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One large egg contains 6.5 grams of protein, all 9 essential amino acids, and 14 key nutrients that help maintain healthy bones, teeth, skin and eyes. All for only 80 calories!
Vitamin B12 helps protect against heart disease.
Choline is an important nutrient for brain development and is especially important for babies and toddlers.
Lutein and Zeaxanthin help maintain good vision and may reduce the risk of age-related eye disease.
Selenium helps prevent the breakdown of body tissues.
Iron in eggs is easily absorbed by the body and carries oxygen to the cells.
Folate (B9) helps produce and maintain new cells and helps protect against serious birth defects during pregnancy.
Vitamin D and Phosphorus help strengthen bones and teeth.
Vitamin A helps maintain healthy skin and eye tissue and assists in night vision.
Vitamin E is an antioxidant that plays a role in preventing disease.
Whether you buy conventional eggs or organic eggs, free run or free range, or choose white over brown you are getting the same nutrition. All eggs have the same nutritional values and all the same great vitamins and minerals.
There are a few “egg-ceptions” to this rule, but it’s got nothing to do with how the hens are housed. Curious? Check out our “Egg Labels 101” page for more!
Saturated fats raise LDL (the “bad”) cholesterol more than cholesterol in the food you eat, meaning that foods lower in saturated fats like eggs, fish and other lean proteins are healthier options than fatty meats, full-fat dairy, fried or processed foods. But be mindful of how you’re cooking your healthy eggs! Frying your eggs in saturated fats like lard or butter, or serving your eggs with high fat foods like bacon, can compromise the heart-healthy benefits eggs bring to your plate.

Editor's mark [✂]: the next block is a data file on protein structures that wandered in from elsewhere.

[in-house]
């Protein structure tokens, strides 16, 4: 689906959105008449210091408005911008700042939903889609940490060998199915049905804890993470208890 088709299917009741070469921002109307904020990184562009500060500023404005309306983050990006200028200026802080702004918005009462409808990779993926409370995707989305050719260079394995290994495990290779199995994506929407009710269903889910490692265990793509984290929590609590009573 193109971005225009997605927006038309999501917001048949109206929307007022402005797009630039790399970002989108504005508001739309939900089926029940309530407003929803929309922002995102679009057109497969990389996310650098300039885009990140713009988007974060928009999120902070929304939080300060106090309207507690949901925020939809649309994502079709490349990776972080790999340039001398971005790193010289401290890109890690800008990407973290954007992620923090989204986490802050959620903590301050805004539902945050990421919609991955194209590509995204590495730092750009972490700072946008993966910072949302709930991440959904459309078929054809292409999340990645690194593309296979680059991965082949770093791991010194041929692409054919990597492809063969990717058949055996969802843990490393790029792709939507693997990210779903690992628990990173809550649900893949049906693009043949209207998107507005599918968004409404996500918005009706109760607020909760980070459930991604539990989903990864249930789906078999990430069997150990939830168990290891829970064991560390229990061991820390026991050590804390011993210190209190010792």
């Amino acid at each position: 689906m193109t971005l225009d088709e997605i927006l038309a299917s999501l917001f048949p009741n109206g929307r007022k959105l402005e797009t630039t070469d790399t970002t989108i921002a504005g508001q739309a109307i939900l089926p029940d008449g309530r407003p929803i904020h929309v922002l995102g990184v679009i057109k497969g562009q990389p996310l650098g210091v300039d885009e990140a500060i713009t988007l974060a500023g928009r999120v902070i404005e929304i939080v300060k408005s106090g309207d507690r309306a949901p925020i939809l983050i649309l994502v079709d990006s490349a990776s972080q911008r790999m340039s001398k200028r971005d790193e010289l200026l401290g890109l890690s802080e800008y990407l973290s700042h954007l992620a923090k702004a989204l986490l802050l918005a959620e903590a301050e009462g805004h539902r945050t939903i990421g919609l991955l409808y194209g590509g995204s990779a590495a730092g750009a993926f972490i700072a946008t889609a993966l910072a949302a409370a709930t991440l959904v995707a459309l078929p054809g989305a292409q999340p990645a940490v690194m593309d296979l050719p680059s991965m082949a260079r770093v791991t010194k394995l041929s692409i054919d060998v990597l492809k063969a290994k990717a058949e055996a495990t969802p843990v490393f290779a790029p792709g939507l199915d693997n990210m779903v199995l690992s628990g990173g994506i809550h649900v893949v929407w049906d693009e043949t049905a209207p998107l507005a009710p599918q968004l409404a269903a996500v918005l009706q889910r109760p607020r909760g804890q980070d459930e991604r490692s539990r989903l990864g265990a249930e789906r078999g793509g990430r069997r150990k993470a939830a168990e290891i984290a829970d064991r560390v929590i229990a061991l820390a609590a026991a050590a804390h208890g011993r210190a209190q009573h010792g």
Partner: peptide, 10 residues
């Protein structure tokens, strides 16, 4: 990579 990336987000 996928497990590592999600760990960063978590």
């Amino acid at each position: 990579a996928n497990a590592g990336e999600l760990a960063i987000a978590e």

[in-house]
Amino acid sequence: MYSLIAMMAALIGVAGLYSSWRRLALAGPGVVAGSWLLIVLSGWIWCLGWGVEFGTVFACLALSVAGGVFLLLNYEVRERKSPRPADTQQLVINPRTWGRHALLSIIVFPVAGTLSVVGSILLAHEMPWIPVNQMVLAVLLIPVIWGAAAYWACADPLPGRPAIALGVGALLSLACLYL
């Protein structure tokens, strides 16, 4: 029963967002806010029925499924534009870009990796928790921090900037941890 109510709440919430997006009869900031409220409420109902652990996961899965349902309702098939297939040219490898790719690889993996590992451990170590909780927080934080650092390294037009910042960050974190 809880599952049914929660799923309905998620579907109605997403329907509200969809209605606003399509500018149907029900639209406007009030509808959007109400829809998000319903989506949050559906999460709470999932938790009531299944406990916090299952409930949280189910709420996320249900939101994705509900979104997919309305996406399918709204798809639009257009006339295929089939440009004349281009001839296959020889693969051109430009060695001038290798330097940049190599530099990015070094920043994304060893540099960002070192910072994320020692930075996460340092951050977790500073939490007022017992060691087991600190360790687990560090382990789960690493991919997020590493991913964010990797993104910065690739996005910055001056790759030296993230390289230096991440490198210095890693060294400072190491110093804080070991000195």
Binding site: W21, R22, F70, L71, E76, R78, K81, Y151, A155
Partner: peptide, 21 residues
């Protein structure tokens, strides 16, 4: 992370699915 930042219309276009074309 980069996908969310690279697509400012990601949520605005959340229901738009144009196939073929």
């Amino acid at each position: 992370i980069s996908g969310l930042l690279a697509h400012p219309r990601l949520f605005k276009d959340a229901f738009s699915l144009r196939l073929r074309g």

A healthy eating guide is to divide your plate in half – half of your plate should be veggies. Divide it in half again – a quarter of your plate should be healthy whole grains, and the other quarter should be lean proteins, like eggs!
Learn more at Canada.ca/FoodGuide.
Health Canada, the Canadian Pediatric Society and Dietitians of Canada recommend introducing whole eggs to the diet of your infant at 6 months, or as soon as they’re able to eat solid foods.
Eggs are an excellent source of high-quality protein, exactly what’s needed to repair and build muscle during a workout. With 6.5 grams of protein and just over 5 grams of fat (of which only 1.25 grams are saturated) eggs are healthier than many protein bars or shakes.
When snacking on your eggs, don’t forget the yolk! Whole eggs stimulate muscle growth more than egg whites alone, and the yolk contains most of the nutrients in an egg.